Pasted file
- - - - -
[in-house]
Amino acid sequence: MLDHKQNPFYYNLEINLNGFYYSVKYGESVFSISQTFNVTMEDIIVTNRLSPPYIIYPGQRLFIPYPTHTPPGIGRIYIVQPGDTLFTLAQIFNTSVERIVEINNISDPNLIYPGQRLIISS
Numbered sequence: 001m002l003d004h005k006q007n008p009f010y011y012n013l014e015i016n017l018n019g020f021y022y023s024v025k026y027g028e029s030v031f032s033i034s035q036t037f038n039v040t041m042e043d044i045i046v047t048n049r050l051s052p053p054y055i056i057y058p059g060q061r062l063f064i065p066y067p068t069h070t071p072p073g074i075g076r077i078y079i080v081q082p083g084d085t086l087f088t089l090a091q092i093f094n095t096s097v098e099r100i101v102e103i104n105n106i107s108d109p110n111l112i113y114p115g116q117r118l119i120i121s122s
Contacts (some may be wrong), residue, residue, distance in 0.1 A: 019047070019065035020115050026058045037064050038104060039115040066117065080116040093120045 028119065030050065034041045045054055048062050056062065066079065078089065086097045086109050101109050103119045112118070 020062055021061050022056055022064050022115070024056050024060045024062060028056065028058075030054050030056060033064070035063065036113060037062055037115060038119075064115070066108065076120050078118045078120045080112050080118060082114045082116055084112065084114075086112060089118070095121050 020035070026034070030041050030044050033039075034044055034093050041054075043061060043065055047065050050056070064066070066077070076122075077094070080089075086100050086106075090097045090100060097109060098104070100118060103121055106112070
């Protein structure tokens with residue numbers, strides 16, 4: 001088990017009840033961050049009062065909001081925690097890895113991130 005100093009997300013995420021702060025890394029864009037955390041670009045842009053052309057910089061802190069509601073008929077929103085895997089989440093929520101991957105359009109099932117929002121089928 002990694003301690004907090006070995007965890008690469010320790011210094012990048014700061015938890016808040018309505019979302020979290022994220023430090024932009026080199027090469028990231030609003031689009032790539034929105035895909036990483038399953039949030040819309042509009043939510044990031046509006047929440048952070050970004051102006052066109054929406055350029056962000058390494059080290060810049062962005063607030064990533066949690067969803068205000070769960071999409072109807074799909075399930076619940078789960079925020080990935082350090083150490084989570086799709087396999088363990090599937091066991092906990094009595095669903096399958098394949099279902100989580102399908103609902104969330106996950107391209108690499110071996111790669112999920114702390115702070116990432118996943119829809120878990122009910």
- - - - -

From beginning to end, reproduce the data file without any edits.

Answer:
[in-house]
Amino acid sequence: MLDHKQNPFYYNLEINLNGFYYSVKYGESVFSISQTFNVTMEDIIVTNRLSPPYIIYPGQRLFIPYPTHTPPGIGRIYIVQPGDTLFTLAQIFNTSVERIVEINNISDPNLIYPGQRLIISS
Numbered sequence: 001m002l003d004h005k006q007n008p009f010y011y012n013l014e015i016n017l018n019g020f021y022y023s024v025k026y027g028e029s030v031f032s033i034s035q036t037f038n039v040t041m042e043d044i045i046v047t048n049r050l051s052p053p054y055i056i057y058p059g060q061r062l063f064i065p066y067p068t069h070t071p072p073g074i075g076r077i078y079i080v081q082p083g084d085t086l087f088t089l090a091q092i093f094n095t096s097v098e099r100i101v102e103i104n105n106i107s108d109p110n111l112i113y114p115g116q117r118l119i120i121s122s
Contacts (some may be wrong), residue, residue, distance in 0.1 A: 019047070019065035020115050026058045037064050038104060039115040066117065080116040093120045 028119065030050065034041045045054055048062050056062065066079065078089065086097045086109050101109050103119045112118070 020062055021061050022056055022064050022115070024056050024060045024062060028056065028058075030054050030056060033064070035063065036113060037062055037115060038119075064115070066108065076120050078118045078120045080112050080118060082114045082116055084112065084114075086112060089118070095121050 020035070026034070030041050030044050033039075034044055034093050041054075043061060043065055047065050050056070064066070066077070076122075077094070080089075086100050086106075090097045090100060097109060098104070100118060103121055106112070
């Protein structure tokens with residue numbers, strides 16, 4: 001088990017009840033961050049009062065909001081925690097890895113991130 005100093009997300013995420021702060025890394029864009037955390041670009045842009053052309057910089061802190069509601073008929077929103085895997089989440093929520101991957105359009109099932117929002121089928 002990694003301690004907090006070995007965890008690469010320790011210094012990048014700061015938890016808040018309505019979302020979290022994220023430090024932009026080199027090469028990231030609003031689009032790539034929105035895909036990483038399953039949030040819309042509009043939510044990031046509006047929440048952070050970004051102006052066109054929406055350029056962000058390494059080290060810049062962005063607030064990533066949690067969803068205000070769960071999409072109807074799909075399930076619940078789960079925020080990935082350090083150490084989570086799709087396999088363990090599937091066991092906990094009595095669903096399958098394949099279902100989580102399908103609902104969330106996950107391209108690499110071996111790669112999920114702390115702070116990432118996943119829809120878990122009910």